Skip to main content
Part of complete coverage from

Don't let this moment pass without acting on gun control

By John Avlon, CNN Contributor
updated 12:31 PM EST, Tue December 18, 2012
STORY HIGHLIGHTS
  • John Avlon: The horrific shootings in Newtown changed debate on guns
  • He says several pro-gun Democrats have spoken out for new controls
  • Avlon: A poll shows a boost in public support for gun control
  • There is a moral urgency to follow through on this moment, he says

Editor's note: John Avlon is a CNN contributor and senior political columnist for Newsweek and The Daily Beast. He is co-editor of the book "Deadline Artists: America's Greatest Newspaper Columns." He is a regular contributor to "Erin Burnett OutFront" and is a member of the OutFront Political Strike Team. For more political analysis, tune in to "Erin Burnett OutFront" at 7 ET weeknights.

(CNN) -- Sometimes it takes a tragedy to make us confront reality.

In the wake of the slaughter of first graders in Newtown, Connecticut, there are signs that the country -- and Congress -- are ready to confront the cancer of gun violence that kills over 11,000 Americans each year.

More than 200 Americans have been killed in mass shootings in the last five years. After each attack -- whether it was Virginia Tech or Aurora, Colorado -- we were told that it was too soon to talk about the role of guns. Now, the fever of denial might be breaking.

John Avlon
John Avlon

A new Washington Post/ABC poll taken after the shooting shows that 54% of Americans now support stricter gun laws and 59% support a nationwide ban on high-capacity ammunition clips -- meaning those that contain more than 10 bullets.

The big question of course is whether Congress will listen. This has not been an area where politicians have carved out a new chapter of profiles in courage in recent years. Instead, they have run away in the face of the lobbying power of the National Rifle Association.

But in the past two days, two Southern Democratic senators with A-ratings from the NRA have broken ranks to say that it is time to begin a serious, civil and constructive conversation about remedies to mass gun violence -- including perhaps a reinstatement of the assault weapons ban and a restriction of high-capacity clips.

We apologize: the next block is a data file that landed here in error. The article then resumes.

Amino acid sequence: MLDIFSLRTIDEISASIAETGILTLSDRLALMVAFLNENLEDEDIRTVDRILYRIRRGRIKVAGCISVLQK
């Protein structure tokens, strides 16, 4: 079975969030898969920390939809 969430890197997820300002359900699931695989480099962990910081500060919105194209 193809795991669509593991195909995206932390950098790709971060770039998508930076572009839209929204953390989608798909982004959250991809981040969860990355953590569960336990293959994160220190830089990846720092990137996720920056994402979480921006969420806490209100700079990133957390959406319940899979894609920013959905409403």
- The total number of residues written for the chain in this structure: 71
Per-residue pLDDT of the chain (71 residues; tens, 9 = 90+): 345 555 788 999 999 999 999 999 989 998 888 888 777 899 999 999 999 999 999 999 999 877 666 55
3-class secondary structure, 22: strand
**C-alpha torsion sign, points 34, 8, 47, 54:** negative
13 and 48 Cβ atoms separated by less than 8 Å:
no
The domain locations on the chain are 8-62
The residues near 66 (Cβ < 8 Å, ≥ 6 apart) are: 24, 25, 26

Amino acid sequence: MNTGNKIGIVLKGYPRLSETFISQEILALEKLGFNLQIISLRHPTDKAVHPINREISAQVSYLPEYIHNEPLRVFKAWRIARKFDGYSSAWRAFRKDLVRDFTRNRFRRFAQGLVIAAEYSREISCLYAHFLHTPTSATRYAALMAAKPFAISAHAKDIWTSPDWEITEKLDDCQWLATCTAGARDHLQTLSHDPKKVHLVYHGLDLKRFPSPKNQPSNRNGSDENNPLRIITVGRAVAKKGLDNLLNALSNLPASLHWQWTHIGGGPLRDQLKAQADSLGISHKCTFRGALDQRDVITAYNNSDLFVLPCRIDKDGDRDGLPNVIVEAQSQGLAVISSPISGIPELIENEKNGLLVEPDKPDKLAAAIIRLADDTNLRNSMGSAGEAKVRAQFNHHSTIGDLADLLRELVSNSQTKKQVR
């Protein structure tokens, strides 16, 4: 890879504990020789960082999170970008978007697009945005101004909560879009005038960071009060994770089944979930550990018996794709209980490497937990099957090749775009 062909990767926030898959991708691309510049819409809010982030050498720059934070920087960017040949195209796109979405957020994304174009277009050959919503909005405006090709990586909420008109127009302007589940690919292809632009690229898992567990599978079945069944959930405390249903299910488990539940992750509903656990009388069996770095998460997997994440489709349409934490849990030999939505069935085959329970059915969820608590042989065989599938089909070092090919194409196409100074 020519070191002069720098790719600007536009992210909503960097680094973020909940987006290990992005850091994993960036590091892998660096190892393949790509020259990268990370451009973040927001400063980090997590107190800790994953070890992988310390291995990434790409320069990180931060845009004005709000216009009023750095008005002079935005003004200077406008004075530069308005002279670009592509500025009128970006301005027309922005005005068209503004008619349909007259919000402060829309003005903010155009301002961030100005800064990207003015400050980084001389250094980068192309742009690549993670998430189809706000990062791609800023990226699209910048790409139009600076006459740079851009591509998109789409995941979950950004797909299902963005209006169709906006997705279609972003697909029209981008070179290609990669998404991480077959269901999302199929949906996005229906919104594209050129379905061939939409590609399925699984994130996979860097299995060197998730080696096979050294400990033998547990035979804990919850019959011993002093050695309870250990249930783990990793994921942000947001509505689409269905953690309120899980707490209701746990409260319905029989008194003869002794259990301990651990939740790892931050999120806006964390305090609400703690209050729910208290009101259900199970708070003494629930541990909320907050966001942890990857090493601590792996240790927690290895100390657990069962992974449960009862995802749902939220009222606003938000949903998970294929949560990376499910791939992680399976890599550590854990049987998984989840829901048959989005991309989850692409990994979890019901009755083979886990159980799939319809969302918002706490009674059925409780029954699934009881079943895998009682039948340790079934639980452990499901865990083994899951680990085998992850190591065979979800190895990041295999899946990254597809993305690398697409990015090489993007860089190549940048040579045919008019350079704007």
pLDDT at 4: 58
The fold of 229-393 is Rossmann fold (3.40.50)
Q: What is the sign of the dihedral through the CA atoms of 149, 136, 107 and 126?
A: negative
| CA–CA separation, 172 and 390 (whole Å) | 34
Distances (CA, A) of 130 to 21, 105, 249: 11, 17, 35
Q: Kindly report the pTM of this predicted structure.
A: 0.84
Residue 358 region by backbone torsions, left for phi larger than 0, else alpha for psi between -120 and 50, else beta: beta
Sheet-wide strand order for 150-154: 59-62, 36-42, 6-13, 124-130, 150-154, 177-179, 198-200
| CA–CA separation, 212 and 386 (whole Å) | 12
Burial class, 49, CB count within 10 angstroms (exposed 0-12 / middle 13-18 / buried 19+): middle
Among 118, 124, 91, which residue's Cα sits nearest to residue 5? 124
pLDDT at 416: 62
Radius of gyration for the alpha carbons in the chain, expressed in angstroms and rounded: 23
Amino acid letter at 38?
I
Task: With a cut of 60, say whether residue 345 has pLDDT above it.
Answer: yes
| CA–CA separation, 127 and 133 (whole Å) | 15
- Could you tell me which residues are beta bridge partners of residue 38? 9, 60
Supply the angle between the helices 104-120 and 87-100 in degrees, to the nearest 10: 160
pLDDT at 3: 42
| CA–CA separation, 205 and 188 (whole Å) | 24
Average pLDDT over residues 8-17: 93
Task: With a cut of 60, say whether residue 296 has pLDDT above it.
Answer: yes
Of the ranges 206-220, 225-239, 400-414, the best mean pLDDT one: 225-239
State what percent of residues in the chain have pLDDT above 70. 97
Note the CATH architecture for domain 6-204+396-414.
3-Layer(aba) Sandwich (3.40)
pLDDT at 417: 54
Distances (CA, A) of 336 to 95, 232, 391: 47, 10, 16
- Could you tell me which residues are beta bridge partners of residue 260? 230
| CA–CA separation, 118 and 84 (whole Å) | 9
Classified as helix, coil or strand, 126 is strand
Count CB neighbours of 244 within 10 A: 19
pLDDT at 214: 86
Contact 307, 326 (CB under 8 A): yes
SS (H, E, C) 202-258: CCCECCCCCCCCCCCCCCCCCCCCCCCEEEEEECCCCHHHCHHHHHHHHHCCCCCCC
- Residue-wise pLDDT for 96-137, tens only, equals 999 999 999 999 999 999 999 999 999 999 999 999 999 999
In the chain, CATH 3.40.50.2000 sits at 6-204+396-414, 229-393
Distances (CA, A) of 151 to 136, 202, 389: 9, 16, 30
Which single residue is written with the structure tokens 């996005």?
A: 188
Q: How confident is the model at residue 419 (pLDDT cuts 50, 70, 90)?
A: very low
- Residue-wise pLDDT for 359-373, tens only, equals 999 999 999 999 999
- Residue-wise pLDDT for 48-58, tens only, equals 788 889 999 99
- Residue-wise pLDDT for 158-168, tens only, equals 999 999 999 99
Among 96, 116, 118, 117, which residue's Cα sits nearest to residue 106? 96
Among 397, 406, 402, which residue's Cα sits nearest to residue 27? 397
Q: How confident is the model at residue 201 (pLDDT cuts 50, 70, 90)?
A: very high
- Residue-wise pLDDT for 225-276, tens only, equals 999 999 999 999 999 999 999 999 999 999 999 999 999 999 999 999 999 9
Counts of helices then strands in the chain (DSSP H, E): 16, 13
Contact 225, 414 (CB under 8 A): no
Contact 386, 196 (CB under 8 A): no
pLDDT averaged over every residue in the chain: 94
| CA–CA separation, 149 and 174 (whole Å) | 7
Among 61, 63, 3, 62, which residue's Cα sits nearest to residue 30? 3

West Virginia Sen. Joe Manchin -- who famously took aim at a cap and trade bill with a high-powered hunting rifle in a 2010 campaign ad -- told CNN's Christiane Amanpour that the Newtown shooting "changed me. ... I don't know of anybody that goes hunting with an assault rifle. I don't know people that need 10-, 20-, 30-round clips."

Become a fan of CNNOpinion
Stay up to date on the latest opinion, analysis and conversations through social media. Join us at Facebook/CNNOpinion and follow us @CNNOpinion on Twitter. We welcome your ideas and comments.



Add to this chorus of conscience Virginia Sen. Mark Warner -- a fellow former governor and current senator. He told a local Richmond TV station: "I believe every American has 2nd Amendment right -- the ability to hunt is part of our culture. I've had an NRA rating of an A. But you know, enough is enough. I'm a father of three daughters and this weekend they said, 'Dad, how can this go on?'"

These two senators are leaders of the centrist coalition, and their evolution on this issue matters. It is particularly well timed because Sen. Dianne Feinstein announced her intention to submit legislation to reinstate the lapsed assault weapons ban as well as ban "big clips, drums or strips of more than 10 bullets."

That bill would provide the substantive basis for a new round of reasonable restrictions on weapons that have little purpose other than to kill as many people as possible, as quickly as possible.

To date, there are few Republicans who have newly embraced the need for new gun legislation. Rep. Peter King of New York and Sen. Susan Collins of Maine are influential, but among the few returning congressional Republicans who back the reinstatement of the assault weapons ban and restrictions on the sale of mass capacity magazines. But the senators who have boasted the backing of the NRA in the past have been notably silent since the slaughter in Newtown. That can fairly be read as a hope that this moment will pass.